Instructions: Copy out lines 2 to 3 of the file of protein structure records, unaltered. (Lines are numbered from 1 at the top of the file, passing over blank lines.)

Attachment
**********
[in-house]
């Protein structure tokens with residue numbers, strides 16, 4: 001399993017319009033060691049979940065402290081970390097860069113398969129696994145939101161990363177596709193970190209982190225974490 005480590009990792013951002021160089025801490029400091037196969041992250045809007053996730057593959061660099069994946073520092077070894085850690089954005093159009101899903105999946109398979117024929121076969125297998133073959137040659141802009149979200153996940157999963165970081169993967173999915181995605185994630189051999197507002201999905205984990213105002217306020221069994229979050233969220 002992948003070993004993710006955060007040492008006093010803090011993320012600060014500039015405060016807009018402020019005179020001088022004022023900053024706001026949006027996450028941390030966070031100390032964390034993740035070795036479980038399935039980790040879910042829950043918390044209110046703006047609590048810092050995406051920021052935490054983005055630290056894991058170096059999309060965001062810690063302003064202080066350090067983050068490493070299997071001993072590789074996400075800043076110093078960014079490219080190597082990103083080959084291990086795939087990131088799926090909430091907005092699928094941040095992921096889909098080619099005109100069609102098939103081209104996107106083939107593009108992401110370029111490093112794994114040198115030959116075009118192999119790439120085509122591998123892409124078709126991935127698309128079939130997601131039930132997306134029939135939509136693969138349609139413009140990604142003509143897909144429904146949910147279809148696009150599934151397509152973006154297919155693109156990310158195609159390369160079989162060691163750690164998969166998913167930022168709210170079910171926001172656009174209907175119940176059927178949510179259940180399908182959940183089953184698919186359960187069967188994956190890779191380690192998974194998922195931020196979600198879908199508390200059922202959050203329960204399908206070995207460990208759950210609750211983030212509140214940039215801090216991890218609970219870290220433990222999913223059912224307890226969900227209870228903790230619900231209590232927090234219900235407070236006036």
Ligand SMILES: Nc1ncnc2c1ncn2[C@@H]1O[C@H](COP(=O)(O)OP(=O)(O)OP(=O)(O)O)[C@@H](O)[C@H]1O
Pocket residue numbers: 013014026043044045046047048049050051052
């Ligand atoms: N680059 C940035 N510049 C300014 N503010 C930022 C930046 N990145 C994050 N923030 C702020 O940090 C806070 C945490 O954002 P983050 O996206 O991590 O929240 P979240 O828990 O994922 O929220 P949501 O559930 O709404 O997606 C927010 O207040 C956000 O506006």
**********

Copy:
């Protein structure tokens with residue numbers, strides 16, 4: 001399993017319009033060691049979940065402290081970390097860069113398969129696994145939101161990363177596709193970190209982190225974490 005480590009990792013951002021160089025801490029400091037196969041992250045809007053996730057593959061660099069994946073520092077070894085850690089954005093159009101899903105999946109398979117024929121076969125297998133073959137040659141802009149979200153996940157999963165970081169993967173999915181995605185994630189051999197507002201999905205984990213105002217306020221069994229979050233969220 002992948003070993004993710006955060007040492008006093010803090011993320012600060014500039015405060016807009018402020019005179020001088022004022023900053024706001026949006027996450028941390030966070031100390032964390034993740035070795036479980038399935039980790040879910042829950043918390044209110046703006047609590048810092050995406051920021052935490054983005055630290056894991058170096059999309060965001062810690063302003064202080066350090067983050068490493070299997071001993072590789074996400075800043076110093078960014079490219080190597082990103083080959084291990086795939087990131088799926090909430091907005092699928094941040095992921096889909098080619099005109100069609102098939103081209104996107106083939107593009108992401110370029111490093112794994114040198115030959116075009118192999119790439120085509122591998123892409124078709126991935127698309128079939130997601131039930132997306134029939135939509136693969138349609139413009140990604142003509143897909144429904146949910147279809148696009150599934151397509152973006154297919155693109156990310158195609159390369160079989162060691163750690164998969166998913167930022168709210170079910171926001172656009174209907175119940176059927178949510179259940180399908182959940183089953184698919186359960187069967188994956190890779191380690192998974194998922195931020196979600198879908199508390200059922202959050203329960204399908206070995207460990208759950210609750211983030212509140214940039215801090216991890218609970219870290220433990222999913223059912224307890226969900227209870228903790230619900231209590232927090234219900235407070236006036």
Ligand SMILES: Nc1ncnc2c1ncn2[C@@H]1O[C@H](COP(=O)(O)OP(=O)(O)OP(=O)(O)O)[C@@H](O)[C@H]1O